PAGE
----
From all indications, it appears Government is yet unprepared to address the challenges facing the Nigerian University System with the urgency that is required. This trend is dangerous, as it constitutes a threat to the relative peace in Nigerian Universities. There can be no justification for Government’s position given what all Nigerians know about the management of the nation’s resources. It is evident that Government is highly deceptive and is not interested in sustaining relative stability in our universities. If Government can betray our Union on the 2009 Agreement, where is the basis of trust for the impending review that was due for 2012?
It is in the light of the above, especially having exhausted all other options, that ASUU-NEC at its meeting in Olabisi Onabanjo University, Ago-Iwoye, between 29th and 30th June 2013 resolved to call out all its members on a nation-wide strike action beginning from Wednesday, 3rd July, 2013. The strike action is comprehensive and total. Our members shall withdraw their services until Government fully implements all the outstanding aspects of the 2009 Agreement, and commences the process of review of the same Agreement.
Gentlemen of the Press, the time has come to rise in defense of the true liberation of our country. We believe this liberation must begin with education, which is a veritable weapon for socio-economic transformation. The IMF/World Bank and their local collaborators would make Nigerians believe that “basic” or little education is good enough for the children of the poor. It is a ruse.
Our Union counts on the renewed support of the media in challenging agents of underdevelopment who deny less-privileged Nigerians quality higher education, health, employment and other life-transforming elements of development. We equally invite labor activists, students, traders, professional groups, civil society organizations and other progressive segments of the public to join our determined efforts to save Nigeria from her captors.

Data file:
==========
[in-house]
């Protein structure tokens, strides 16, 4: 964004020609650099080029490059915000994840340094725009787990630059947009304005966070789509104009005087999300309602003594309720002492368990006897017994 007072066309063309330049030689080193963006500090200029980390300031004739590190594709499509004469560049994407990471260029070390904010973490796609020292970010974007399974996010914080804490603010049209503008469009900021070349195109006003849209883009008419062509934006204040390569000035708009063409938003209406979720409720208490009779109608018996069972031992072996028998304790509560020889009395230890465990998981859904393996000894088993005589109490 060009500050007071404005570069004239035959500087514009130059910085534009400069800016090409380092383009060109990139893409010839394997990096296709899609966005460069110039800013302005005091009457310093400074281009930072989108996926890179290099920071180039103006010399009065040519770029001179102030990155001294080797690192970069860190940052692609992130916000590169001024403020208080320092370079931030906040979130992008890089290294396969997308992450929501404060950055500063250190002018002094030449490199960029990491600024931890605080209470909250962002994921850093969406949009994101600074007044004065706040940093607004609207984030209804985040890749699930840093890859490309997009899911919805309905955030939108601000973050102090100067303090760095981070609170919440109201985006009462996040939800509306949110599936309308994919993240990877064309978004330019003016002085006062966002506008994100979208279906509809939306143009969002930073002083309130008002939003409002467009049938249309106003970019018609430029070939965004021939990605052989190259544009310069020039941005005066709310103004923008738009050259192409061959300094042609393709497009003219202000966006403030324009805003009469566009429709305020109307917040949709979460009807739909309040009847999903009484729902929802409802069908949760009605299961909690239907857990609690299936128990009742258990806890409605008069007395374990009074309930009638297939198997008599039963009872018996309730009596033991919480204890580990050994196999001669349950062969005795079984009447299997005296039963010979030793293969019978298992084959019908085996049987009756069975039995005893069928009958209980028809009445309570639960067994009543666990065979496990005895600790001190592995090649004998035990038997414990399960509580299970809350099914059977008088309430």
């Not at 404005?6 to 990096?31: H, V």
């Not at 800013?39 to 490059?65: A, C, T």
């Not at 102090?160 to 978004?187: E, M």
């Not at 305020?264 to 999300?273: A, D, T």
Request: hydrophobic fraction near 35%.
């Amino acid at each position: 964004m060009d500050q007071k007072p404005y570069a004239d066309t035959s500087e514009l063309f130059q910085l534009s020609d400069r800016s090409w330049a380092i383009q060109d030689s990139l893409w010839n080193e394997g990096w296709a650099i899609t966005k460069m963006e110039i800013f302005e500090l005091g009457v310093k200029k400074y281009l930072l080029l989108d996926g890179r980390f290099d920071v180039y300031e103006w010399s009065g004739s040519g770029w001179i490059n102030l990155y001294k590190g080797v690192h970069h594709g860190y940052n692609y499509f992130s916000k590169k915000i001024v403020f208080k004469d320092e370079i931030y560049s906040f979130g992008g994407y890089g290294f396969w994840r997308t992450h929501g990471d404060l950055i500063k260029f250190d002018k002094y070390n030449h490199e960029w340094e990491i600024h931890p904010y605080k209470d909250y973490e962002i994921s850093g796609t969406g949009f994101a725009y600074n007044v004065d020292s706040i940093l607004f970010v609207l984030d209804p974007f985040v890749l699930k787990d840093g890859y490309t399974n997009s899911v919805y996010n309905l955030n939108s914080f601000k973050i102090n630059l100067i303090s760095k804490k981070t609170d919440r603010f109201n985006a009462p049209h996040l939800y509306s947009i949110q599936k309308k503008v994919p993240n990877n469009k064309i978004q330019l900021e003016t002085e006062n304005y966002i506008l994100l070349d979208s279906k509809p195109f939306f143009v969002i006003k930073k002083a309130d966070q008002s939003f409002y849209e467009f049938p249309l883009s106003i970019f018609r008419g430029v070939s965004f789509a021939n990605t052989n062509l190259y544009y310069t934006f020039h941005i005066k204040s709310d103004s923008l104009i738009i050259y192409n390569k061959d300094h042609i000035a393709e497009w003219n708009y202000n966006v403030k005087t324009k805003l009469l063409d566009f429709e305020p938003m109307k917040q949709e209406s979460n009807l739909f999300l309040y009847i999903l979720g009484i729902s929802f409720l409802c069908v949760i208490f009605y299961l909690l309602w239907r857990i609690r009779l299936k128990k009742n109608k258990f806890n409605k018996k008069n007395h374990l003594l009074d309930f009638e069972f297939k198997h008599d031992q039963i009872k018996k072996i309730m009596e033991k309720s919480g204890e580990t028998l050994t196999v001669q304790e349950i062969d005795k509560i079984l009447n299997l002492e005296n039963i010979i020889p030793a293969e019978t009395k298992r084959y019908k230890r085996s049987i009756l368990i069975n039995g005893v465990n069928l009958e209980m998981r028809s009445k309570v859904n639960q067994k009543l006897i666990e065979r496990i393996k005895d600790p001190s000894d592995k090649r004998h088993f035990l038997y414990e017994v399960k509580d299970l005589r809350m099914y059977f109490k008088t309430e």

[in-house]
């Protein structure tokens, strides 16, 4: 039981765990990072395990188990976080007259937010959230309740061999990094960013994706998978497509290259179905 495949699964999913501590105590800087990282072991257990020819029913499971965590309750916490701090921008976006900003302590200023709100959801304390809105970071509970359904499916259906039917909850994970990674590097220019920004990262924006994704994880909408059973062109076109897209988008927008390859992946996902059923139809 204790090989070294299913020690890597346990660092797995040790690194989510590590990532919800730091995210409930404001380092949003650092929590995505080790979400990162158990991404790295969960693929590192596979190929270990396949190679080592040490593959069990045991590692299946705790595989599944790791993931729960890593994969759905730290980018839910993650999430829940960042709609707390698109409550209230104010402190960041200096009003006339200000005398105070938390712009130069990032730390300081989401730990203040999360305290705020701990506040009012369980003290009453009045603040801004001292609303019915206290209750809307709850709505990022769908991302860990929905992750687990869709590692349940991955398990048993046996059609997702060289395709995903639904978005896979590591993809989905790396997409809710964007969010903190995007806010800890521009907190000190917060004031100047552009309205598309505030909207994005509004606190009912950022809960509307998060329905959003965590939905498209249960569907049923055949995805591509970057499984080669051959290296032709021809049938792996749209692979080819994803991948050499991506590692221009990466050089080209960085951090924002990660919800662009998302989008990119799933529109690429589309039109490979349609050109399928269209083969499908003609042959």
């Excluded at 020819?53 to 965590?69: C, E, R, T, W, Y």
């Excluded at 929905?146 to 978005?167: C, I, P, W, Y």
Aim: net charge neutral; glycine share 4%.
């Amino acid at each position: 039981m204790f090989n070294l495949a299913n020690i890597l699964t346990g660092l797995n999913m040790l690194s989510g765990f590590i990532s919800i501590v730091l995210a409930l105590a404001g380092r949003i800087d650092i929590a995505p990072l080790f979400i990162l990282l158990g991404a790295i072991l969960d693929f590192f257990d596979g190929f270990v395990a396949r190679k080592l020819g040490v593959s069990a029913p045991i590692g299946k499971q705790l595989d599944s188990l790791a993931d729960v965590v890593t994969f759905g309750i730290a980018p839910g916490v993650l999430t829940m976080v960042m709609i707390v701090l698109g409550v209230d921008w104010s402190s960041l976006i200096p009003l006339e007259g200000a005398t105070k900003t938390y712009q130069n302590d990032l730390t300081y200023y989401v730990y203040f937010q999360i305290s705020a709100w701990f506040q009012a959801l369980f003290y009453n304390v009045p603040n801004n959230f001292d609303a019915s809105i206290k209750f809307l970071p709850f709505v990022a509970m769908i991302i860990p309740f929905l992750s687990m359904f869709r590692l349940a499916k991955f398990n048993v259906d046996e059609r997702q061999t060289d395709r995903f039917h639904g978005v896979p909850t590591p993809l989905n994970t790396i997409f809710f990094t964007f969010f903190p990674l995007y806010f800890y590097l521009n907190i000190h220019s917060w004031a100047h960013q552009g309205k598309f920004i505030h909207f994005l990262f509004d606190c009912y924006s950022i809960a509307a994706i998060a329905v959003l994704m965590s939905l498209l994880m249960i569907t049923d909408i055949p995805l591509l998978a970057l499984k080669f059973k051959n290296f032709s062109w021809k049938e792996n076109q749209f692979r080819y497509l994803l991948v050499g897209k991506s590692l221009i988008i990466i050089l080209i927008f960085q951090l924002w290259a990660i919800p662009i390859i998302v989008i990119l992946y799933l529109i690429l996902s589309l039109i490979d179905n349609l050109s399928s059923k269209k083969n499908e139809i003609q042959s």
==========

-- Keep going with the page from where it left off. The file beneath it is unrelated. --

Following the strike embarked by teachers in public primary and secondary schools in Delta state, the state leadership of the Nigeria Labour Congress (NLC) on Wednesday pleaded with the State governor, Emmanuel Uduaghan to intervene and stem the industrial crisis.
The strike which commenced on Tuesday had crippled academic activities in public schools in the state.
In a letter to the Governor titled: “An appeal to avert The on-going strike action by teachers in Delta state,” the state Chairman of the NLC, Williams Akporeha urged the governor to quickly intervene in the matter to avert the on-going industrial action by primary and secondary school teachers in the state.
The letter, which was made available to journalists, reads in parts, “We write to passionately draw your kind attention to the above mentioned subject and to humbly appeal for your quick intervention towards averting the on-going industrial action by primary and secondary school teachers in the state.
“Your Excellency Sir, you will recall that the issue at stake have actually lingered for so long and deserve your immediate intervention to ensure continued peaceful industrial climate in the state”
Mr Akporeha said that the available records with the state council of congress indicates that the issue at stake include; non-restoration of the 27.5 percent teachers peculiar allowance, non-promotion of stagnated school principals on SGL16 in the state to SGL17, continued stagnation of university graduate teachers in primary school system on SGL14.
Others, he noted are; non-payment of arrears of minimum wage to primary school teacher s, non-payment of arrears of the consolidated salary structure to primary school teachers in the state.
He said Labour was equally worried about inadequate classrooms for displaced students from schools recently handed over to missions in the state.
Mr Akporeha held that the issue may create another source of crisis in the state if not immediately addressed, as it tends to negate the policy of education for all (EFA).
He therefore urged Governor Uduaghan to “act in his usual labour friendly disposition to address the issues raised without further delay. “